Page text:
Patients Need More Than Maintenance Therapy
Vancouver mental health experts agree: we need more than maintenance therapy to make a sustainable difference in our drug rehab patients.
Before we make an argument for the undeniable need for more innovation and individual focus in the realm of successful drug rehab outcomes, let’s take a look at three of the most controversial substance abuse treatments and why they raise more than just a few eyebrows in the medical and scientific communities:
❖ Maintenance treatment: How is this for irony? For years, opioids have been used to treat drug addiction by simply maintaining the drugs in the addict’s system to increase functionality and portray a sense of tangible normalcy in the patient. The initial application of the opioid drugs (known as suboxone and methadone) is administered to curb hellish withdrawal symptoms, curtail cravings and ease the addict off substances. While suboxone has been touted as an effective cure for substance abuse, it is nevertheless addictive in its own right – and many patients who rely on it long-term to fight relapse and a return to the junkie lifestyle are unable to wean themselves from it. This means that the best intentions still rear their insidious heads when the patient realizes they are still not truly drug-free.
❖ Hallucinogens: LSD and Ibogaine have transformative side effects which have been known to help alcoholics recover from their addictions. The trance state fostered by hallucinogens gives addicts insight into their struggles while inspiring within them a newfound sense of motivation to attain a clean lifestyle. Many patients have recounted a calming effect which helps overcome negativity, trepidation and doubt. The ugly side? Hallucinogens, like opioids, are still addictive drugs with horrifying side effects that can poison a patient’s recovery experience. “Bad trips” produce panic, anxiety, flashbacks, traumatic memories and irreversible psychosis.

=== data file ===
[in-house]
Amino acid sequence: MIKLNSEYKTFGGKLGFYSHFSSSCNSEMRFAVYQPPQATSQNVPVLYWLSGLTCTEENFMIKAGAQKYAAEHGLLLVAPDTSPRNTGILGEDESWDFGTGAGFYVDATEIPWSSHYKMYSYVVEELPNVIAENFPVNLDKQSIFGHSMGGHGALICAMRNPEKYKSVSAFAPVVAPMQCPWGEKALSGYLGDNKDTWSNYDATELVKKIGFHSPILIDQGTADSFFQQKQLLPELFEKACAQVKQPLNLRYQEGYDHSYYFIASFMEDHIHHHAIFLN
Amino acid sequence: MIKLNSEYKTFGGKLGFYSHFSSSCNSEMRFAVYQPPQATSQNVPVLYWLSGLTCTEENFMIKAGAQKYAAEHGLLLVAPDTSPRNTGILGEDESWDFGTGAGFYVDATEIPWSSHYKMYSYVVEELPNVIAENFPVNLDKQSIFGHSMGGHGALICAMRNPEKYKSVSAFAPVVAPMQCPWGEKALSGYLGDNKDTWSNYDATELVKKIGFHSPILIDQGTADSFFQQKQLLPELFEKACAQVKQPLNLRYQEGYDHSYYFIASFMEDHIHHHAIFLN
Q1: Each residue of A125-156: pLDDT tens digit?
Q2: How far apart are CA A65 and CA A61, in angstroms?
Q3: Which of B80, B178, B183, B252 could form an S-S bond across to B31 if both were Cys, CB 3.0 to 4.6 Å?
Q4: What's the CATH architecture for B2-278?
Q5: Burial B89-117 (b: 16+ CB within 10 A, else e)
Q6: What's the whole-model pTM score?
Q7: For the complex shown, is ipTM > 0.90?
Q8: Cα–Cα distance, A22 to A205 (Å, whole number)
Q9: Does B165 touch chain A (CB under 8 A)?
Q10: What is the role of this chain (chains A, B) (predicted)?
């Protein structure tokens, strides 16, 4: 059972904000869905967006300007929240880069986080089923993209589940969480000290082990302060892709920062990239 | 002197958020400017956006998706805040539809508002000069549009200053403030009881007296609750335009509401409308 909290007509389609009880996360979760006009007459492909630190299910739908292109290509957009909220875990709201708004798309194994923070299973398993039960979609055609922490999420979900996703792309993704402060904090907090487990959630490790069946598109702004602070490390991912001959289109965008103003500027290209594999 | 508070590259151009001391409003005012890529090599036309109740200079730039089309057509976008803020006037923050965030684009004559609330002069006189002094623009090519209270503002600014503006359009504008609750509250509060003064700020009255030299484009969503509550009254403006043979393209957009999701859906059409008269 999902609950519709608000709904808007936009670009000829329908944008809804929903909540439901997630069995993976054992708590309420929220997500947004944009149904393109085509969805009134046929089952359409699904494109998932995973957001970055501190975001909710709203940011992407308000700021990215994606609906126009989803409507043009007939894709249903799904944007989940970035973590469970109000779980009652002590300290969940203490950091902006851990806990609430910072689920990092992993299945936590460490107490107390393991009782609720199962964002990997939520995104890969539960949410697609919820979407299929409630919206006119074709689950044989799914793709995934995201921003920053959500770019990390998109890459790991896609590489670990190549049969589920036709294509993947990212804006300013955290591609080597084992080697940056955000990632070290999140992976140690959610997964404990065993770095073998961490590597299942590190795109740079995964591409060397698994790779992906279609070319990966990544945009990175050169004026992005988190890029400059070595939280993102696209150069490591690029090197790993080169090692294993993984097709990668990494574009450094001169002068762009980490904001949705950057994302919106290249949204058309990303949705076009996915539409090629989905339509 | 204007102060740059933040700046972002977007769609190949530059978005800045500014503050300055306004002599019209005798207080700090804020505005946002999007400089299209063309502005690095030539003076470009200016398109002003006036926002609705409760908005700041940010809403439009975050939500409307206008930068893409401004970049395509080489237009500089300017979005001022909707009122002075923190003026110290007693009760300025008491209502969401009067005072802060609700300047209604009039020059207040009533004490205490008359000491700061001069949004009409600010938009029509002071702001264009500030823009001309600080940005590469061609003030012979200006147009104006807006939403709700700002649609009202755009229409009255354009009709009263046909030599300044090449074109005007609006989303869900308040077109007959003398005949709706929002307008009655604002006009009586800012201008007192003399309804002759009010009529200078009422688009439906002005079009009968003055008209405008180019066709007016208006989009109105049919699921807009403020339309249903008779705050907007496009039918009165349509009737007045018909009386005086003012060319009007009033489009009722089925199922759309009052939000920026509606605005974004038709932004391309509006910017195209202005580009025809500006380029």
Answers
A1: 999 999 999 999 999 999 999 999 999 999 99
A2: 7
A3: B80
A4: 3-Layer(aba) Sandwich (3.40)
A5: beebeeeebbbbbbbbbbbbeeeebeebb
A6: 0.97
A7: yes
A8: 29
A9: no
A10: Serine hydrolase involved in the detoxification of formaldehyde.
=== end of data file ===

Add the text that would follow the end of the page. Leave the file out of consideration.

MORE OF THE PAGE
❖ Deep Brain Stimulation: Remember the infamous lobotomy procedure which left some patients in a vegetative state? If anything, this controversial psychosurgery should have proved sometimes the brain, and all its complexities, should simply be left untouched by foreign objects. While deep brain stimulation is not similar in any way to a lobotomy, it can be construed as a form of modern-day psychosurgery whose lasting effects are still uncertain. What has been proven are its negative consequences: brain hemorrhage, infection, depression and hallucinations.
As a society, we have relied on these treatments like a crutch to simply mask the burgeoning rash of addiction in this country. Now, more than ever, teenagers and young adults are masking their anxieties and insecurities with the temporary comfort of substance abuse. Our culture places unnecessary demands on our children to excel at everything flawlessly, to eschew debt and achieve success. Our atrophied economy does not create a stable future for our next generations – it certainly does not make the path simple. Difficult paths and undue stress breed a propensity to use. We need to do better by the future of our society.
We have lots of band-aids which to apply to the festering cut of addiction. We now need to explore the sociological, socioeconomical and psychological roots of addiction.
This means more awareness. More educational programs and ongoing certification and career development to offer our industry professionals.
Oregon has contributed more money toward the treatment of mental illness in the state. It is our hope the state will continue to recognize the importance of funding our facilities and programs with the capital they need to reach a surging population battling the demons of addiction, mental illness and relapse.